Over the course of history, trends of the use and abuse of substances in the United States have changed modestly. Drugs are everywhere, legal and illegal, and have had a major impact on society past and present. This paper will discuss the past and present uses of substances, the ways in which American culture encourages and supports drug use and abuse, and the cultural appropriateness of using narcotics for medicinal purposes. The paper will also address how and why substance abuse creates significant health problems in the United States.
For thousands of years humans have used drugs in some form or another. "Human beings have always had a desire to eat or drink substances that make them feel relaxed, stimulated, or euphoric" (Drug Rehab, 2002). Early Egyptians drank wine sometime around 3500 B.C. and marijuana was used for medicinal purposes as early as 2737 B.C. According to our text, "the Chinese eventually banned its use because of the plant's unpredictable intoxicating effects" (Carroll, 2000).
Recreational drugs such as caffeine, alcohol, and nicotine have been around through history and are nearly accepted by all societies today. Several other substances were used hundreds of years ago by many different cultures and civilizations. "South and Central Americans Indians made many prehistoric discoveries of drug-bearing plantsÃ¢ÂÂ¦Pre-Colombian Mexicans used many substances, from tobacco to mind-expanding (hallucinogenic) plants, in their medicinal collections" (Drug Rehab, 2002). Sacred mushrooms were the most captivating of the substances, which altered states of mind and were used in religious ceremonies. Prior to the 19th century, all substances were natural with no refinement and specific compounds or drugs, had not been extracted.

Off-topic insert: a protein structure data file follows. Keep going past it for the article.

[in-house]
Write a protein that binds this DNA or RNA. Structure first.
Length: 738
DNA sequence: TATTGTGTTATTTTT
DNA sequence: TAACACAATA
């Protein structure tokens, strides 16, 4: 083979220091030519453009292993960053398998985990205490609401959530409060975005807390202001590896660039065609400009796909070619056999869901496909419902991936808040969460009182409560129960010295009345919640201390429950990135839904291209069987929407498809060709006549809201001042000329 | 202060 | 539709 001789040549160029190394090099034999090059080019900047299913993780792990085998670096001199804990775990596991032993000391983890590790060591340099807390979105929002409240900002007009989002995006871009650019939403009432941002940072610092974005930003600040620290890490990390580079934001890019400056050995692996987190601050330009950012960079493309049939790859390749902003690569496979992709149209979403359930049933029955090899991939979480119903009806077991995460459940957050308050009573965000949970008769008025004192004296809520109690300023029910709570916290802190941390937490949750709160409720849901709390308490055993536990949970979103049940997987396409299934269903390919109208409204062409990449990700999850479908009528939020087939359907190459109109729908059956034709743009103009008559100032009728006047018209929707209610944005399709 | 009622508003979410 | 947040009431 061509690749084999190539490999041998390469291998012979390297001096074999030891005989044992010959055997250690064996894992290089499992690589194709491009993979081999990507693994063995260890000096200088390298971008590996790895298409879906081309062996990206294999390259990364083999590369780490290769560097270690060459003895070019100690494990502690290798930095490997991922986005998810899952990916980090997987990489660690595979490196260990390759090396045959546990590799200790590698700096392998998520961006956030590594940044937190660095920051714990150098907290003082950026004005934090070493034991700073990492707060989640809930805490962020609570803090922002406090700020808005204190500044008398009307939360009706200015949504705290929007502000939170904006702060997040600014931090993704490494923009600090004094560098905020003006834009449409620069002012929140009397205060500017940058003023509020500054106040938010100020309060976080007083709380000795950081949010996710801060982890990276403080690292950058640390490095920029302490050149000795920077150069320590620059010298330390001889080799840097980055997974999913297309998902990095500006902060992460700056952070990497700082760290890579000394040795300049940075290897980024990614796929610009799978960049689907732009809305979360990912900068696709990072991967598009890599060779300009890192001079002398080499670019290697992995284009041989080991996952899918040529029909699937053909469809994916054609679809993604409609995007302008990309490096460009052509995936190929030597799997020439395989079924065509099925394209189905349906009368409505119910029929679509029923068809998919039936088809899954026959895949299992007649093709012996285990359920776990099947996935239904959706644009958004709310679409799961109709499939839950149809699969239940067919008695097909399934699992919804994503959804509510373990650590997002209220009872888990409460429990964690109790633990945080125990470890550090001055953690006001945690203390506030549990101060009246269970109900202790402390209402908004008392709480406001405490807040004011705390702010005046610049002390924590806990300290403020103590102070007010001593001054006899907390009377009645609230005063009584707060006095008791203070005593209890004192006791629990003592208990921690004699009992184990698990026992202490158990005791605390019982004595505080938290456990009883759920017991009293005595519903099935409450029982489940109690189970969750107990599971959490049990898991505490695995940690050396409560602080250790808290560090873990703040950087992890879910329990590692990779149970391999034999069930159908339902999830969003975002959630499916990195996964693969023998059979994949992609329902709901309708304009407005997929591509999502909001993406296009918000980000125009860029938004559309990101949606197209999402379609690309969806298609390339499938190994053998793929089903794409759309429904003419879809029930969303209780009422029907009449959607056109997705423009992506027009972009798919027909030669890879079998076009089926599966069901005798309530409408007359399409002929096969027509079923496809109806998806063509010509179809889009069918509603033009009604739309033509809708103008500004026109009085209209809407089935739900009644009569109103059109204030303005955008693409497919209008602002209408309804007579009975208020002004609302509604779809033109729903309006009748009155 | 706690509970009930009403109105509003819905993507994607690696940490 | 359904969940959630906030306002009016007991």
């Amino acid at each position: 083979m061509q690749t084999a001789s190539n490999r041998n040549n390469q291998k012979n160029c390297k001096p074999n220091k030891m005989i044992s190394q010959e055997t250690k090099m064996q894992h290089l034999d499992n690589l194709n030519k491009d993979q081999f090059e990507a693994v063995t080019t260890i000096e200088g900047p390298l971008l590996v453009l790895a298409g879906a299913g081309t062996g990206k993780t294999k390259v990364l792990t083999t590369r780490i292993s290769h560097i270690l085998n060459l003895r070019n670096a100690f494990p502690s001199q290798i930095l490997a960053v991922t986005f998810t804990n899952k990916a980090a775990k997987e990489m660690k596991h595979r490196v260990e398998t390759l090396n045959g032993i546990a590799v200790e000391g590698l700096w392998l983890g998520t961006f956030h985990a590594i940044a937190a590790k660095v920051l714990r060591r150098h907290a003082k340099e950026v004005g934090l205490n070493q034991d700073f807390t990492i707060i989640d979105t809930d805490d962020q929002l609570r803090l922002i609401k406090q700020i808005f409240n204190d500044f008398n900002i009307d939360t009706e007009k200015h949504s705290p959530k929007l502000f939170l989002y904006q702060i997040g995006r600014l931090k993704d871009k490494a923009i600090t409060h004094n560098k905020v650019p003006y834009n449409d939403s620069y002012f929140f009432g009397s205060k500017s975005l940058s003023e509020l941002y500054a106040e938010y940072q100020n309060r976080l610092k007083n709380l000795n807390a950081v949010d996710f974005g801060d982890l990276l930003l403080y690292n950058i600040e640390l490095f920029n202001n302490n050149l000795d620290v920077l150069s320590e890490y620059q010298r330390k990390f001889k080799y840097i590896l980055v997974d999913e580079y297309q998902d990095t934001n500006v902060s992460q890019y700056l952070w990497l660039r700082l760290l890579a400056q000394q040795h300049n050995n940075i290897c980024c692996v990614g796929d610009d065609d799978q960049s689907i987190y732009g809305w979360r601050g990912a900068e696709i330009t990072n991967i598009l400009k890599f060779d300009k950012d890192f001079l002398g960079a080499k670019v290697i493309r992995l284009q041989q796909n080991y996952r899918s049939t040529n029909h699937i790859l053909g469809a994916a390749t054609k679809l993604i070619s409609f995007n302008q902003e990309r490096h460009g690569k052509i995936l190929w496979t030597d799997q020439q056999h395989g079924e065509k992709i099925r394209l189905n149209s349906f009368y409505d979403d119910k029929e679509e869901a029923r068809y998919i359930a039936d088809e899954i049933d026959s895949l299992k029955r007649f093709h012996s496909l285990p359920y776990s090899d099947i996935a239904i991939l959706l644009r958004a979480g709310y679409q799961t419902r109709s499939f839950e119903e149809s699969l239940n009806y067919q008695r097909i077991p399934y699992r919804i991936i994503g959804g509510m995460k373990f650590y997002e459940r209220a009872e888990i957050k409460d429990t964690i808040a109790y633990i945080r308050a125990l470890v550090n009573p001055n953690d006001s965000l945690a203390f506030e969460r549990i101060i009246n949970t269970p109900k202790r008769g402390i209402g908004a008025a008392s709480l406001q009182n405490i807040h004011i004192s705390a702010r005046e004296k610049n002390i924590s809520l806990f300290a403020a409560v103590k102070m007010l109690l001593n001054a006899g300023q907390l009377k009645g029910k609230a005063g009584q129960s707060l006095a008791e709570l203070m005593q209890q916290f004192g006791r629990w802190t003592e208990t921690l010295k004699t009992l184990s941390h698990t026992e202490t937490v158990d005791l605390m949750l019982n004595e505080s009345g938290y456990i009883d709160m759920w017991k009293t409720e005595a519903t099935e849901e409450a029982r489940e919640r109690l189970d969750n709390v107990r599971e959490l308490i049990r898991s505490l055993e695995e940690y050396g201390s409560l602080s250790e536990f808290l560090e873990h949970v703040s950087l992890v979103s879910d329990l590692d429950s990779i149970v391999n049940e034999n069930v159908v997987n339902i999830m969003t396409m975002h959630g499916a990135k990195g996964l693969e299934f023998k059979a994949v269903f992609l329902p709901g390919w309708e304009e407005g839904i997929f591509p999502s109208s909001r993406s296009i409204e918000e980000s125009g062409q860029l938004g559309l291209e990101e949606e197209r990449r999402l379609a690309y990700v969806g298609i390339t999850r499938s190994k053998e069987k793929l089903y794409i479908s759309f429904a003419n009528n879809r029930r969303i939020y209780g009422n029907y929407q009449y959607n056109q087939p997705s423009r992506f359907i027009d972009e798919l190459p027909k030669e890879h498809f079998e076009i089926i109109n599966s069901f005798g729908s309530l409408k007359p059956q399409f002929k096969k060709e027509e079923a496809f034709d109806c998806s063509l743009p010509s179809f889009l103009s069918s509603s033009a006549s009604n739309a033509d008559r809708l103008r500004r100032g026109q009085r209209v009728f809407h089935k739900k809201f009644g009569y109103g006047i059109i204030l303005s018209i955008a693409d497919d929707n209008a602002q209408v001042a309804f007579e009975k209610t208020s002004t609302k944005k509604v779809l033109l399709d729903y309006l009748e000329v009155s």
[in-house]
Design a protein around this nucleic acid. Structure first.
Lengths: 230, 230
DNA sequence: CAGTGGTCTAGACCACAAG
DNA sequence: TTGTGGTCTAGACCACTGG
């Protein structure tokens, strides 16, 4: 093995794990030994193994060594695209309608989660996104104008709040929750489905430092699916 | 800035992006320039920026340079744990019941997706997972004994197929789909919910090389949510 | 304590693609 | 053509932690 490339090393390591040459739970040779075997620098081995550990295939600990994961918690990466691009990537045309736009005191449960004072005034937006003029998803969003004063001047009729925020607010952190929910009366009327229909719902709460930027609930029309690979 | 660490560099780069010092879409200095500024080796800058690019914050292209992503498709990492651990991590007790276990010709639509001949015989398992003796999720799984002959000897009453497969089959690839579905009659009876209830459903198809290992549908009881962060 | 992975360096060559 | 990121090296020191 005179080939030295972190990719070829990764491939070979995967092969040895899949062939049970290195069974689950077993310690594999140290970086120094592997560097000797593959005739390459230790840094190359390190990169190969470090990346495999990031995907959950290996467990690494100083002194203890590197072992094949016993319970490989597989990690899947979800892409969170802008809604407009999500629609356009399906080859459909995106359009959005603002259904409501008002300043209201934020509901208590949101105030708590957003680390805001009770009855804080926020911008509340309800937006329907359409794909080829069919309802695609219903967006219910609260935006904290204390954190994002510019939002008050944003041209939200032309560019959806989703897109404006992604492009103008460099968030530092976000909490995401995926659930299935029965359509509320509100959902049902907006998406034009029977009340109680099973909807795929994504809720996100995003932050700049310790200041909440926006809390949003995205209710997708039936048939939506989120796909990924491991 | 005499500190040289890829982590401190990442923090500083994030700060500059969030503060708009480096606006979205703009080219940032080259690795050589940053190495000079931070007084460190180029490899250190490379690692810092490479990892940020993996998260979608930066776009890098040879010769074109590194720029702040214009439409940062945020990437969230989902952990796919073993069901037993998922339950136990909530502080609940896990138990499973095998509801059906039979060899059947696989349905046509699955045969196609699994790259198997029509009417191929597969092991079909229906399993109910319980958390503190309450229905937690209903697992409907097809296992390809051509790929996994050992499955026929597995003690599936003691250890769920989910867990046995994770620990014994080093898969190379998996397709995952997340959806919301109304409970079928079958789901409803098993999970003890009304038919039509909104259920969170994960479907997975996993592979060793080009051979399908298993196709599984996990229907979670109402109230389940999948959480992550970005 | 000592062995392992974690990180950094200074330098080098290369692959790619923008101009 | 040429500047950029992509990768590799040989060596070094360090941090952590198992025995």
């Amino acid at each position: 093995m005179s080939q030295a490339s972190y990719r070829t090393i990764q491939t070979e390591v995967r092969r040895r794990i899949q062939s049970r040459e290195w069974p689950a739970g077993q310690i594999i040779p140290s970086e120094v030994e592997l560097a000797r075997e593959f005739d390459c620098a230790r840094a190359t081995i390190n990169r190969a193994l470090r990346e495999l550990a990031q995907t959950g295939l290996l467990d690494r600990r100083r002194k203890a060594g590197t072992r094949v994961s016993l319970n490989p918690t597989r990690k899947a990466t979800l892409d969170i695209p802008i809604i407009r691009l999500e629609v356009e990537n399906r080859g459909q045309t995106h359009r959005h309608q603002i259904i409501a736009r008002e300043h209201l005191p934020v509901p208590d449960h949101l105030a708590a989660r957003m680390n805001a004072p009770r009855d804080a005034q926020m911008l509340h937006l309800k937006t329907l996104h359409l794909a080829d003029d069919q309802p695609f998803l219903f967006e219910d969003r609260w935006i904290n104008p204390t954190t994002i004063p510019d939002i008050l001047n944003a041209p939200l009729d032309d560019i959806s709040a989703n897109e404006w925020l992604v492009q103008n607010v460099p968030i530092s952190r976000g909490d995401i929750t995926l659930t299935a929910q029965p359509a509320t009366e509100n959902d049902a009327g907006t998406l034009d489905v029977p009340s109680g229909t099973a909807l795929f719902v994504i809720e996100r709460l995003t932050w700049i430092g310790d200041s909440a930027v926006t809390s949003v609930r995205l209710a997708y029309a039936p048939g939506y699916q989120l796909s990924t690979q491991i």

During the 19th century many new drugs were discovered and used for a range of illnesses. New drugs such as cocaine, morphine, and laudanum were unregulated and prescribed by physicians.